With an eye toward rebuilding, representatives from a pair of Philadelphia home-rehabilitation services spoke at the Monday night’s Northwest Neighbors of Germantown meeting to tell residents how their organizations can assist in neighborhood renewal efforts.
Rebuilding Together Philadelphia (RTP) is a group that sponsors volunteer “Rebuilding Days” throughout the year. The program often concentrated on one block at a time in “Block Builds” that serve several low-income homeowners.
Formed by students at The Wharton School of the University of Pennsylvania in 1988, RTP initially focused on West Philadelphia. In the years since, it has expanded operations to assist more than 1,100 homeowners by providing more than $24 million of repairs in North Philadelphia, Germantown and other locations in the Delaware Valley.
Habitat for Humanity Philadelphia — the local chapter of a national organization, now in its fourth decade — relies upon “partnership housing,” where homes are built with donated materials and property by the home’s recipients and volunteers.
With more than one million people housed worldwide, Habitat has assisted more than 160 families in Philadelphia in purchasing homes, completing more than 20 houses in Germantown in an effort to help create a “tipping point” for neighborhood stabilization.
Commitment to neighborhood renewal
Speaking for RTP, Block Build coordinator Shenetta Payne said that while her organization currently has no projects planned for Germantown, it has conducted rebuilding efforts in several neighborhood locales, specifically on Clapier, Garfield, Price and Wister streets.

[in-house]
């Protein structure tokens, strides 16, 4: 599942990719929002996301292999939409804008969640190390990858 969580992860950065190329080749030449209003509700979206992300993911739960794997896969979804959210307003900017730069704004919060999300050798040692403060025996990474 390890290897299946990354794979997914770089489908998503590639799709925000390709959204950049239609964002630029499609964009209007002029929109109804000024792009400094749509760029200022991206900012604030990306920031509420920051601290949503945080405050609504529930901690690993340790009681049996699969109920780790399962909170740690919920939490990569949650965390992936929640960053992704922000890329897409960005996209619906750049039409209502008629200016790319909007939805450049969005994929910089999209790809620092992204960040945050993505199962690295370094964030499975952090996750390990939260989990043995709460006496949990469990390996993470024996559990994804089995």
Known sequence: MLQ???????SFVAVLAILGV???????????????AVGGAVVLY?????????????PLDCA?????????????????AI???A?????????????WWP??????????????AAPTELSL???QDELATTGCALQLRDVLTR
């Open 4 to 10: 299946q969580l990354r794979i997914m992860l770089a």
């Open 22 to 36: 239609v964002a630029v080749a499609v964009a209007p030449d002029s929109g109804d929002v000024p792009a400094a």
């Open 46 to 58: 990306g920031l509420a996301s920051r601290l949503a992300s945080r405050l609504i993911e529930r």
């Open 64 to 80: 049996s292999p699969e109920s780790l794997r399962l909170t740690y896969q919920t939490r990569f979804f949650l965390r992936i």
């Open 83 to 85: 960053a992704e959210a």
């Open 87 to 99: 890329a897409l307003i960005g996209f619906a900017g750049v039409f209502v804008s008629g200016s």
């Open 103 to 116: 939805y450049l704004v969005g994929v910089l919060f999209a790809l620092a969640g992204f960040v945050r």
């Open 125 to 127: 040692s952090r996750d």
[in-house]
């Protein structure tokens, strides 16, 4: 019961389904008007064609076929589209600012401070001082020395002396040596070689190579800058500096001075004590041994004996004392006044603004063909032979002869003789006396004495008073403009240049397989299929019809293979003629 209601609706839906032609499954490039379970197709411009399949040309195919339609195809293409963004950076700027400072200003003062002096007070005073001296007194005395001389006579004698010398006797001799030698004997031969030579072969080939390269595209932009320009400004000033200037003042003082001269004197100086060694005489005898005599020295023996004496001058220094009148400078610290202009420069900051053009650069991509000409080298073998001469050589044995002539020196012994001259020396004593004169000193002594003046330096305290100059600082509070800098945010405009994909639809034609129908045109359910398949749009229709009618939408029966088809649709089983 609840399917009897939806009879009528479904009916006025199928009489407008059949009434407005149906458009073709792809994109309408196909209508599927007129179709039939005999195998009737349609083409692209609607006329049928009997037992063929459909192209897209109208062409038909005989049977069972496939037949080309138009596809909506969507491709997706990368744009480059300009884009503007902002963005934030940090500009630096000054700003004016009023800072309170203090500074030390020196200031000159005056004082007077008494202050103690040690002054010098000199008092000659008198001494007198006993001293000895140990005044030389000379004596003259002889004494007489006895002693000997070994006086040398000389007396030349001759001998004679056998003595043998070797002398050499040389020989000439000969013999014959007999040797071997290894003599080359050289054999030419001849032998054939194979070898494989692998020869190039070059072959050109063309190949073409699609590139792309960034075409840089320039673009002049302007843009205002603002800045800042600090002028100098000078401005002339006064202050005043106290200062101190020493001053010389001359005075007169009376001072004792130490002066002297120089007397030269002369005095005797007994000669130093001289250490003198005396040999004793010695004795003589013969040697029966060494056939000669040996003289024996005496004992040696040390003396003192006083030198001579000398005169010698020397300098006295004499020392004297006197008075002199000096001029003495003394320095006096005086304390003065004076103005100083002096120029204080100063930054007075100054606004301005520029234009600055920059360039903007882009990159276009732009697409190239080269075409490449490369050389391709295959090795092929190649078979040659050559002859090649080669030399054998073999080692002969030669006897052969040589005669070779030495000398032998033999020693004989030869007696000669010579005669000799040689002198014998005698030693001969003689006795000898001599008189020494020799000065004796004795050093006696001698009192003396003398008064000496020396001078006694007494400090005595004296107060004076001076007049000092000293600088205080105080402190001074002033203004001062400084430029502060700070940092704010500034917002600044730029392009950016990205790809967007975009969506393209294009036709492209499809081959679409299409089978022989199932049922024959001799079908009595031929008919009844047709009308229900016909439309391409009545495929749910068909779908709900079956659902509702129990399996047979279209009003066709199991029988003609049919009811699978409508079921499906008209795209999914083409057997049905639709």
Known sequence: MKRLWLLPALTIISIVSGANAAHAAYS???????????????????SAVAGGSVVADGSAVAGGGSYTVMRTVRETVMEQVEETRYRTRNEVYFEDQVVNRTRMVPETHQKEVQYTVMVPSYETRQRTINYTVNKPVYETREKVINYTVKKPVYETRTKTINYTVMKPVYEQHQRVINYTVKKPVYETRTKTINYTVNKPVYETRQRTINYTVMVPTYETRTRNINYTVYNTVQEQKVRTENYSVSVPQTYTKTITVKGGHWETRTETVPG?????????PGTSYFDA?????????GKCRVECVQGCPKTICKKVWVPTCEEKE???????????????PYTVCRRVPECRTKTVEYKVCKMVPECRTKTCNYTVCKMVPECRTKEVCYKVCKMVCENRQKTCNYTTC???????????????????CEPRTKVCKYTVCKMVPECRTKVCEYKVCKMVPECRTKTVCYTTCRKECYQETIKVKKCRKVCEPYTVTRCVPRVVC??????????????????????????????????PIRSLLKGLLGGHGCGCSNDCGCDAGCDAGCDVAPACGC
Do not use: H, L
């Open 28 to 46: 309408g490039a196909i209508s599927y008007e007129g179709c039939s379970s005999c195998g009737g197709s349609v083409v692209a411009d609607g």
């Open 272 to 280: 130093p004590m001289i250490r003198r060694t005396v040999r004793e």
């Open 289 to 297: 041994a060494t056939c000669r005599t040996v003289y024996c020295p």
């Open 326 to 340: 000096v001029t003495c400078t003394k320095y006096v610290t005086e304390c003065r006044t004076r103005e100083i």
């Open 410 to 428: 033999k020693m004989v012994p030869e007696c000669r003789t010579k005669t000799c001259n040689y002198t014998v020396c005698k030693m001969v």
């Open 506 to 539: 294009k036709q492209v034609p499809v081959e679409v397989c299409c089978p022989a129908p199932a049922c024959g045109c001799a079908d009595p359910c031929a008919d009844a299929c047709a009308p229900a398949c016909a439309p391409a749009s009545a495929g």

Jim Coburn, operations coordinator for RTP, said that these projects all occurred within the last three years as part of the group’s spring Block Builds. Traditionally, he explained, one of these block builds is in RTP’s home neighborhood of West Philadelphia, and the other can be citywide.
While the Logan neighborhood has been selected for this year’s RTP Spring Block Build, Coburn said that Germantown could be selected once again provided a strong application “cluster” — five to 15 deserving homes in tight geographical proximity — and strong local leadership for recruitment and organization.
Asked by NWNG leader Lisa Hopkins about the “turnaround” time for applications, Payne said everything is “dependent.” Although RTP is currently booked for 2013, she recommended submitting applications to being the process.
“There’s never a guarantee until we’ve got funding lined up,” added Coburn, “but we’ve got to have that cluster. That’s the first step.”
Building toward the future
Jon Musselman, Habitat for Humanity Philadelphia’s director of project planning, reiterated that the group’s mission is to provide affordable home ownership throughout Philadelphia in partnership with families who will “build their own future.”
Musselman said that his organization has worked on projects in Germantown for approximately 15 years, primarily along Queen Lane, Pulaski Avenue and Morris Street.
“Our goal is to deal with the issue of property stabilization and rebuilding,” he said, observing that Germantown has experienced patterns of disinvestment for decades.
Musselman has spoken with NWNG before.
In 2012, he spoke with the group in anticipation of a zoning hearing for a habitat project on West Queen Lane. He indicated that zoning permits were received, but that recent cold weather had delayed groundbreaking.
Beyond this project, Habitat has no specific projects or rehabs planned in Germantown, but Mussleman is currently monitoring bank-owned properties and vacant lots for future consideration. He signaled an interest in funding new construction.
“We understand that there is a lot in the works here,” he said, “but we want to stay involved and see if there’s a way we can continue to contribute.”